Zelensky Echoes Ronald Reagan in Scathing Speech to Germany

In a heartfelt 20-minute speech to the German parliament on Thursday, Ukraine's President Volodymyr Zelensky asked Germany to help tear down the "wall" that Russia is building between Western and Eastern Europe.

Echoing a famous speech by Ronald Reagan on June 12, 1987, when the American president stood in front of the Berlin Wall and asked then-President of the Soviet Union ​​Mikhail Gorbachev to "tear down this wall," Zelensky asked the Bundestag to fight the division Vladimir Putin is creating in Europe.

"Dear Mr. Scholz [Olaf Scholz, the German chancellor], tear down this wall," he pleaded in his address on Thursday.

"It's not a Berlin Wall—it is a wall in central Europe between freedom and bondage and this Wall is growing bigger with every bomb," Zelensky said.

The Ukrainian president also complained about the size of Germany's military aid to Ukraine and the country's reluctance to give up the Nord Stream 2 gas pipeline. He appealed to Scholz to "give Germany the leadership role that you in Germany deserve."

The end of Zelensky's speech was greeted with a long applause from members of the Bundestag.

Zelensky Germany Bundestag
Members of the German parliament Bundestag give Ukraine President Volodymyr Zelensky a standing ovation after he speaks in a virtual address to the parliament at the Reichstag Building in Berlin, Germany, on Thursday. AP Photo/Markus Schreiber

In 1987, then U.S. President Reagan stood 100 yards away from the Berlin Wall, dividing the city's Soviet-controlled East and Western-controlled west, when he delivered one of him most memorable remarks: "Mr. Gorbachev, tear down this wall."

More than two years later, on November 9, 1989, the wall which stood for over 28 years finally crumbled. Its destruction began after half a million people gathered in East Berlin in a mass protest at its continued division of the German capital's communities.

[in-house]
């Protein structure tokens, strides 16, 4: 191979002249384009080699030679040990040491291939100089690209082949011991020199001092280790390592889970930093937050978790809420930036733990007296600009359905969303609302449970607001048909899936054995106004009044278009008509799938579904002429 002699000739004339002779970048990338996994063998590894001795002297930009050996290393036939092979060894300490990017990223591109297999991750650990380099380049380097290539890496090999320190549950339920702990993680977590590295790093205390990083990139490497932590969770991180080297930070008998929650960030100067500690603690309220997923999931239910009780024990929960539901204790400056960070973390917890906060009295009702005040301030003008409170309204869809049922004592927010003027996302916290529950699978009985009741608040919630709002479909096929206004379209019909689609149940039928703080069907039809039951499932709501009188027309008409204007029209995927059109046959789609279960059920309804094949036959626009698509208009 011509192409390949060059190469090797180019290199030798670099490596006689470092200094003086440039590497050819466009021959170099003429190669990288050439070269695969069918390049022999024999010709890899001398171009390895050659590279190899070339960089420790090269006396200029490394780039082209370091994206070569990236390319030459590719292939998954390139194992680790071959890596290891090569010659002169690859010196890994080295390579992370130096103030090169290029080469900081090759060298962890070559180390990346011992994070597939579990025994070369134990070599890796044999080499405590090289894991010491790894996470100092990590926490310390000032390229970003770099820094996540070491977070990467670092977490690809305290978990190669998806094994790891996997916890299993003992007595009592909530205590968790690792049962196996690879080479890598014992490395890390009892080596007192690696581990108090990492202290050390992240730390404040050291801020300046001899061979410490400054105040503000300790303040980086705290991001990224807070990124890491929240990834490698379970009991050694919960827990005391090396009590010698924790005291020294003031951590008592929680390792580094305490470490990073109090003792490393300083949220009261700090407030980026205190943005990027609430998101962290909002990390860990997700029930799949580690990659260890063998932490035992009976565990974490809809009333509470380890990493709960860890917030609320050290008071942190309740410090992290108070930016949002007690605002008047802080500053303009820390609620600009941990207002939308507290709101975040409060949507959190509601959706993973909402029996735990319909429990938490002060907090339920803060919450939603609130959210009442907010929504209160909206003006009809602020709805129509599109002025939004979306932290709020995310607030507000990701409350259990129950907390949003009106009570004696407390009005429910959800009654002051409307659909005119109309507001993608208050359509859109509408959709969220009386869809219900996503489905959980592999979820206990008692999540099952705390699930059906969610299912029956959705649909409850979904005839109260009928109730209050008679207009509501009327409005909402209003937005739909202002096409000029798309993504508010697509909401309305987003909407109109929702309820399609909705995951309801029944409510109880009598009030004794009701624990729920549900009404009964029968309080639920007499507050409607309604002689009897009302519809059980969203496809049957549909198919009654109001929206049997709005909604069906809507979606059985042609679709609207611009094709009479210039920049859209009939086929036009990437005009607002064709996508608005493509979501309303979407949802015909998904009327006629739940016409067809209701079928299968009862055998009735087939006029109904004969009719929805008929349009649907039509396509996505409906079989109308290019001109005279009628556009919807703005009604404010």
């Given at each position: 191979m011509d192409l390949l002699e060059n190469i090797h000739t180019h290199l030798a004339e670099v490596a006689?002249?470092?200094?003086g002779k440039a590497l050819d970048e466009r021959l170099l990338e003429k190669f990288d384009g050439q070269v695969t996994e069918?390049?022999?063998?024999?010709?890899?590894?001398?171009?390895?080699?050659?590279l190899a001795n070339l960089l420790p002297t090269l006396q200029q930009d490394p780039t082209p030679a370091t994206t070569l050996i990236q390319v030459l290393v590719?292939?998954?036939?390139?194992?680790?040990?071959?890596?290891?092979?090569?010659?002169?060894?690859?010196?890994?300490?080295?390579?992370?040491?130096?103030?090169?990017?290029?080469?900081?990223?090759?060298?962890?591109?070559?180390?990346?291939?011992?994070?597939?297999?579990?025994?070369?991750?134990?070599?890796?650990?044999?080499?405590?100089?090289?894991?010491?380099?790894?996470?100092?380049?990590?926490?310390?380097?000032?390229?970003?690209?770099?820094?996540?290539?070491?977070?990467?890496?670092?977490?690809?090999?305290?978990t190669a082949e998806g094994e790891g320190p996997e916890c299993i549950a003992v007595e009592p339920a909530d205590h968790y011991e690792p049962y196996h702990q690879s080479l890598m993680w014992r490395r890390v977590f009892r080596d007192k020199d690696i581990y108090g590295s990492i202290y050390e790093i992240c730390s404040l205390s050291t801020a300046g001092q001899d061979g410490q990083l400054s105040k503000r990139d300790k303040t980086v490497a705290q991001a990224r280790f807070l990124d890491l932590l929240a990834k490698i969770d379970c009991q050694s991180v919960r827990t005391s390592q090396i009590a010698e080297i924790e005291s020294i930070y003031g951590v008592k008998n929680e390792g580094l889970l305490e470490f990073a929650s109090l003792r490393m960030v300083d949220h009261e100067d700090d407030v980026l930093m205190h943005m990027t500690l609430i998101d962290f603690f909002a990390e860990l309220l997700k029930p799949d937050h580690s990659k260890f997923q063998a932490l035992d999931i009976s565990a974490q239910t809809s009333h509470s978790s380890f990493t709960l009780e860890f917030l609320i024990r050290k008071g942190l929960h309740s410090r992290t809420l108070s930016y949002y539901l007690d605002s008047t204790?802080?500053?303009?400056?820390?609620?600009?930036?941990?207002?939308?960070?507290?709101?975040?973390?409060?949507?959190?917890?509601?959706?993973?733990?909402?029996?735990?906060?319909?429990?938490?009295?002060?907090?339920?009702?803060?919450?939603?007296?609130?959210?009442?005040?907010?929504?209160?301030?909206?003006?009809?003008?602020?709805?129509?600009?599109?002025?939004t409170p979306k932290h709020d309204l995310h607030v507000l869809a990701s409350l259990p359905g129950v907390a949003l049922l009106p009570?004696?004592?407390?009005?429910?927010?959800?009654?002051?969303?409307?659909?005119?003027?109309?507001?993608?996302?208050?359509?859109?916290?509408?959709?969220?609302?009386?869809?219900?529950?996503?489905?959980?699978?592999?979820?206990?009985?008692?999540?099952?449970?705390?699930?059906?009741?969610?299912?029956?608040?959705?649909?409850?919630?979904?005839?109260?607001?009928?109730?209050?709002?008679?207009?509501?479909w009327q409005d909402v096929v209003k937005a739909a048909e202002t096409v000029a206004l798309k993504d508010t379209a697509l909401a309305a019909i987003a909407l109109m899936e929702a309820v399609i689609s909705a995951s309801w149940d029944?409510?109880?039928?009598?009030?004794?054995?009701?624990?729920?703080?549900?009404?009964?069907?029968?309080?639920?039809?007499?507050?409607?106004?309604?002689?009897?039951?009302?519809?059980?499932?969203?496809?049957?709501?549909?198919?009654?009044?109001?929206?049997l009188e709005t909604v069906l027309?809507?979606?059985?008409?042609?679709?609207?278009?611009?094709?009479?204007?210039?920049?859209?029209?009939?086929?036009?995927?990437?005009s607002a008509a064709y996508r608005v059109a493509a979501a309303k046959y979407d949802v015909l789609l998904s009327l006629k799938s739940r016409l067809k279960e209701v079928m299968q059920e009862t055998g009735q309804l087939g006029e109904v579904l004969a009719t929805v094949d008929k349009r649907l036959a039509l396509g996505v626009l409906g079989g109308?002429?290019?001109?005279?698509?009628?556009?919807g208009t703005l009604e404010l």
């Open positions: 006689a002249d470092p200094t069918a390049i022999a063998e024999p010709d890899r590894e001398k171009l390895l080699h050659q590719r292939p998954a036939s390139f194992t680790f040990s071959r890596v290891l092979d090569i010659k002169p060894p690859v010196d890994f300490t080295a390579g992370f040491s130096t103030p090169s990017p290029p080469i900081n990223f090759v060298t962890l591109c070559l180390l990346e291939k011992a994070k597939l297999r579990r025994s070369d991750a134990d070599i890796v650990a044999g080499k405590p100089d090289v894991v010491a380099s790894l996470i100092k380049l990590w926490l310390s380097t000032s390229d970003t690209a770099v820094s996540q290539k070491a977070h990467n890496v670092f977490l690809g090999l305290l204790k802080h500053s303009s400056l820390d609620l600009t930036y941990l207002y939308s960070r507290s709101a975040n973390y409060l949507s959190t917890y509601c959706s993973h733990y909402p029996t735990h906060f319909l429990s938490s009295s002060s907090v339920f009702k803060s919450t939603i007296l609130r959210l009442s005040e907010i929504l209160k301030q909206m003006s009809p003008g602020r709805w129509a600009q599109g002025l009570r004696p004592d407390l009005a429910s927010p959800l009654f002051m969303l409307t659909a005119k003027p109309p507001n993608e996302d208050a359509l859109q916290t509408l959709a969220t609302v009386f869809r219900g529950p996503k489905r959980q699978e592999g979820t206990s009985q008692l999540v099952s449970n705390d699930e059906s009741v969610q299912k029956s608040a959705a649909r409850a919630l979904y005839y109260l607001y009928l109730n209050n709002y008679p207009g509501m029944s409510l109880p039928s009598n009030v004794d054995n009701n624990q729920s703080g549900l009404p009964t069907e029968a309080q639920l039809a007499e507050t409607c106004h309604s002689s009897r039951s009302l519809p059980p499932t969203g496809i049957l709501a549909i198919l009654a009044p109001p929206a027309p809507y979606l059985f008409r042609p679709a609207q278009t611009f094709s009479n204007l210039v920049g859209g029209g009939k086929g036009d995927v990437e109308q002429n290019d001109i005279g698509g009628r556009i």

In Zelensky's speech on Thursday, the Ukrainian leader also told German lawmakers: "Peace is more important than income," as he called harsher sanctions on the Kremlin.

'Why Does 'Never Again' Not Apply'

Germany has shelved its plans to open, the already constructed, Nord Stream 2—a major gas pipeline that planned to carry oil from Russia to Germany.

He thanked Germany for its help, but said its support "came too late to stop war".

"Why does 'never again' not apply," he asked, this time echoing a popular phrase about the Holocaust. "What is Germany's historic responsibility towards Ukraine today?"

And he went further, criticizing Germany's other business interests in Russia.

"We could see your willingness to continue to do business with Russia and now we're in the middle of the Cold War," Zelesnky said.

"And again this is something you have failed to see. You're still protecting yourself behind a wall that does not make it possible for you to see what we are going through."

Zelensky has directly addressed lawmakers in the U.S, Britain and Canada since the full-scale war began on February 24.